Millennials and centennials represent 35% of the global domestic income. Although, more than as a generation, some —like María José Jordá, head of the Millennials Project at BBVA— think of millennials as an attitude or way of thinking, mainly because of the influence they exert on the older generations. They are driving a mindset change with a digital prism that prioritises connectivity and mobility. It is not for nothing that business schools have added the H to the term VUCA to add the factor of hyper-connectivity to the (volatile, uncertain, complex, and ambiguous) environment.

No wonder 44% of millennials prefer not to have to interact with salespeople. Don’t you think that’s enough to automate your B2B sales processes?

2. The B2B sales process is becoming increasingly digital, and the sector needs a new business model.

And we’re not just saying that. Here are some numbers:

That’s why it is not just a matter of boosting online sales, but of taking a step further towards the development of data strategies, towards the automation of processes to add value. In short, towards a new business model that integrates processes, data, and technology and uses digitalisation to break down silos, especially between marketing and sales.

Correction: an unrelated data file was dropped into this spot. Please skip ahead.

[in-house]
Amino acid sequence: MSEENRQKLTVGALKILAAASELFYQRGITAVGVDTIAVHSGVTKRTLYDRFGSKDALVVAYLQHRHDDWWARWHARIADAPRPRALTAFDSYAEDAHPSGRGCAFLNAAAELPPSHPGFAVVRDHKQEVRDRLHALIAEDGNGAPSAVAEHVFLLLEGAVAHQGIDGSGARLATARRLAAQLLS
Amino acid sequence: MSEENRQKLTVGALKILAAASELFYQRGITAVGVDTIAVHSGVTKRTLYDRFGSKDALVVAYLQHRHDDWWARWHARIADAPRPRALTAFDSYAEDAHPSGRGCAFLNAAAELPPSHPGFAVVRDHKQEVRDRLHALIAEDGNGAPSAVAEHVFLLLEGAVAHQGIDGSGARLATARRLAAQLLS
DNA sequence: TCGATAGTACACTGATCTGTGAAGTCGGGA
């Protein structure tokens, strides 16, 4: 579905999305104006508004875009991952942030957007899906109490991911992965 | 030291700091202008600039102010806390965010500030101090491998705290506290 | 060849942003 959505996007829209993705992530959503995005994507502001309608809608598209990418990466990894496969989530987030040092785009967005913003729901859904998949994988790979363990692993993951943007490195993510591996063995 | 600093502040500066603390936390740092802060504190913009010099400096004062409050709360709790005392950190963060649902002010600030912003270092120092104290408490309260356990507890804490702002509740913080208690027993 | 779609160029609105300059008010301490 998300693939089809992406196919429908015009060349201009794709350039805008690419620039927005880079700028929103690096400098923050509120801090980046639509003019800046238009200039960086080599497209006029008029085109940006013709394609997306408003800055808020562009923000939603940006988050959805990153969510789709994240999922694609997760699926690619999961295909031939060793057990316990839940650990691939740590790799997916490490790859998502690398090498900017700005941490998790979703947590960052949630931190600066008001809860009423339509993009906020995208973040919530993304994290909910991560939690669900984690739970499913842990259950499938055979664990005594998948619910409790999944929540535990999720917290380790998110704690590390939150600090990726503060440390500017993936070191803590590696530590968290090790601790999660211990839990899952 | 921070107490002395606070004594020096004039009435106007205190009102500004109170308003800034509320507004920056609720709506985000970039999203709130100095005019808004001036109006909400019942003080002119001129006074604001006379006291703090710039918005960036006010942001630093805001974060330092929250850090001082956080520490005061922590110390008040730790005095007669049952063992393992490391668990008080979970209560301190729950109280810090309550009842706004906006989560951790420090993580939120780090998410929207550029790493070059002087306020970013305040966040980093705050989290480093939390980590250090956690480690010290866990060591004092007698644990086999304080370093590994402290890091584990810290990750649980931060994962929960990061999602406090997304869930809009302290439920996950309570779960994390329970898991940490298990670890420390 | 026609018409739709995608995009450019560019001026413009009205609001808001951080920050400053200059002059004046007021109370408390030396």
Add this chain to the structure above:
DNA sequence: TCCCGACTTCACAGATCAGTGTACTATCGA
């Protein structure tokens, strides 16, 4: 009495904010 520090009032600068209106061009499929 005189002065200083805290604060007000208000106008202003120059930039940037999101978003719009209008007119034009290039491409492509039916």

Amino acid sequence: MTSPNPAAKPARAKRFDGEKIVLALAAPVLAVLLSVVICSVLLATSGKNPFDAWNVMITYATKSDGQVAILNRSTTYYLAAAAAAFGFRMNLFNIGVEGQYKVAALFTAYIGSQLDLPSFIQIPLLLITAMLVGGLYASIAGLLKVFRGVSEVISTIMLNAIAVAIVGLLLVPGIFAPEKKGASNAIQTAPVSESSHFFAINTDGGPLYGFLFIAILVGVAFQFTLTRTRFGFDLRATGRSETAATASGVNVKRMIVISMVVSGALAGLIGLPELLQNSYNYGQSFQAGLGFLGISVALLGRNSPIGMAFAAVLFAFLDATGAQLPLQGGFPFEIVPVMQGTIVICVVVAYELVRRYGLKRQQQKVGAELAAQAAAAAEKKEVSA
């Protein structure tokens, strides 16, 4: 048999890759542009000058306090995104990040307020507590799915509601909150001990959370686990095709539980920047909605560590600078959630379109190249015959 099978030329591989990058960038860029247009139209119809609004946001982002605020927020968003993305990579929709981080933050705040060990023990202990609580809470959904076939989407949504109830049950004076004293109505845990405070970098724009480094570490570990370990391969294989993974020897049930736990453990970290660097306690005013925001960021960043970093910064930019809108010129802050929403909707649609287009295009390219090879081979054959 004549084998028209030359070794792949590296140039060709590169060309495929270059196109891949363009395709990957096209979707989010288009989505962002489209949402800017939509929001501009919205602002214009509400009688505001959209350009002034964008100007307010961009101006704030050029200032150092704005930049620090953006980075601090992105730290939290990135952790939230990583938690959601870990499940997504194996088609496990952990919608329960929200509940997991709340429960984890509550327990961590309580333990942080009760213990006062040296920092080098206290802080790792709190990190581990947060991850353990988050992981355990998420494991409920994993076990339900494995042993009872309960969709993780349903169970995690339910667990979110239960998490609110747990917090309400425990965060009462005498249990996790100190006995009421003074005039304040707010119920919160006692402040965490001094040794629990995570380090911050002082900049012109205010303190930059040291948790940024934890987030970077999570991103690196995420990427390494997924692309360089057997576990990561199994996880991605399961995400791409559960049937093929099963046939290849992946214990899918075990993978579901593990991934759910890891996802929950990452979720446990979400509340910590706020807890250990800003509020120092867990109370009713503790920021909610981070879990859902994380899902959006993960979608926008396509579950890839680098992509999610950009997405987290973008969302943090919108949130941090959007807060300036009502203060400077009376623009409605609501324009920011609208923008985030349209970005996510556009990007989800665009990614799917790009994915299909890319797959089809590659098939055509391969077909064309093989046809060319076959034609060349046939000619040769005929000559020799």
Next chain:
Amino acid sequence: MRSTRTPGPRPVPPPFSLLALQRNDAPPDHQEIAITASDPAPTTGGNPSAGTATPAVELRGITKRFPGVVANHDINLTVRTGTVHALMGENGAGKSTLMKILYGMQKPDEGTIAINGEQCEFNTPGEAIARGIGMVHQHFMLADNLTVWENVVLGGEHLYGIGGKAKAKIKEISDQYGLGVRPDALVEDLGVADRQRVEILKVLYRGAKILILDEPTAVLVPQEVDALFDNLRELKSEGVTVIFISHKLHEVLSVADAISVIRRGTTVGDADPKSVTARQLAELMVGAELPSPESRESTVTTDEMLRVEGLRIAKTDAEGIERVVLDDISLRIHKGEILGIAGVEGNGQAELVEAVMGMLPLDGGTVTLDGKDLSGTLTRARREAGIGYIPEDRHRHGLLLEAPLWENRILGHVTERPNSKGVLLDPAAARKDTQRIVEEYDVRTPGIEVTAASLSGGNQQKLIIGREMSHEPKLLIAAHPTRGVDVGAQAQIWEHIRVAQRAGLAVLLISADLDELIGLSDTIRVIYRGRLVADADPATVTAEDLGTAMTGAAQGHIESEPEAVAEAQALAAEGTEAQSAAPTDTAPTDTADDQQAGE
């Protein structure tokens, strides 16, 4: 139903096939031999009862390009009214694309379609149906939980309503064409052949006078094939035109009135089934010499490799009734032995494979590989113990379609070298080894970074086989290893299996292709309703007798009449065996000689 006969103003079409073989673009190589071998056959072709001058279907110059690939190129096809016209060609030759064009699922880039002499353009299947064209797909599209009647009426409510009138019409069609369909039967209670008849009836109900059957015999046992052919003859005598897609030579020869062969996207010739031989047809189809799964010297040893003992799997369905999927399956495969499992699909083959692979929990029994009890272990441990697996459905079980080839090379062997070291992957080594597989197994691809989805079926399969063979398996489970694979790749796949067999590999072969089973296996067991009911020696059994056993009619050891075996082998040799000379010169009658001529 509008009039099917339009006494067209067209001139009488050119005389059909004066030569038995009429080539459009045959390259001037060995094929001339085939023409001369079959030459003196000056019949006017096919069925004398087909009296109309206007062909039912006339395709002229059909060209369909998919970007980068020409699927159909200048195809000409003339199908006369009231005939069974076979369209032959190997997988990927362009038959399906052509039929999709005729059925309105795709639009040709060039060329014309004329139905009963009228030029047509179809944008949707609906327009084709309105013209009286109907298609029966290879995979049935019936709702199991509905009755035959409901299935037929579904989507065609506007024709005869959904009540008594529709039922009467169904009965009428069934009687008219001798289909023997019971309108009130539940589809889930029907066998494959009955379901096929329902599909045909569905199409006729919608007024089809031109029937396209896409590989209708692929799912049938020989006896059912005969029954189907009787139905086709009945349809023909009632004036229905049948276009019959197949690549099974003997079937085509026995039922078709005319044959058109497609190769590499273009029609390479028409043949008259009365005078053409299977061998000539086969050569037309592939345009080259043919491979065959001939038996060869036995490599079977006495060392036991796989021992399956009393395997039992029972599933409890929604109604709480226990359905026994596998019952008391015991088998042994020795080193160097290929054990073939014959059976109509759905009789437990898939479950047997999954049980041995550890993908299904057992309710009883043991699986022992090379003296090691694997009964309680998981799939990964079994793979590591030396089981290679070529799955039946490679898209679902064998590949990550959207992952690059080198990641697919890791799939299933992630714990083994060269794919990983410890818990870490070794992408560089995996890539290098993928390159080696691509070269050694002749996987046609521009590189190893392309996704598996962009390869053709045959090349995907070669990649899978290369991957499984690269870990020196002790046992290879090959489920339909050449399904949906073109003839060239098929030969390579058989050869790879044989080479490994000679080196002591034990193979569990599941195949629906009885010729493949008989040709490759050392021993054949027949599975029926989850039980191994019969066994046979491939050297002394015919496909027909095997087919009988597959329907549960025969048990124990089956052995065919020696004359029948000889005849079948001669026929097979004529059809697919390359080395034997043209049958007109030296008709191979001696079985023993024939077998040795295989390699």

3. B2B automation without a focus on data will not yield a ROI.  

The importance of data is nothing new. Netflix saves $1 billion a year in consumer retention thanks to Big Data. And with the departure of third-party cookies, adopting first-party data strategies is becoming more important: 94% of B2B companies in the US have or are considering some form of CRM. This paradigm shift will allow us to establish new data management and processing processes to access the consumer relationship funnel through data obtained from proprietary and third-party platforms.

It is time to take control, to stop thinking about the data your company currently owns, and start asking what data it needs. That is: to know what information is relevant to the business and how to make it accessible, timely and with good governance.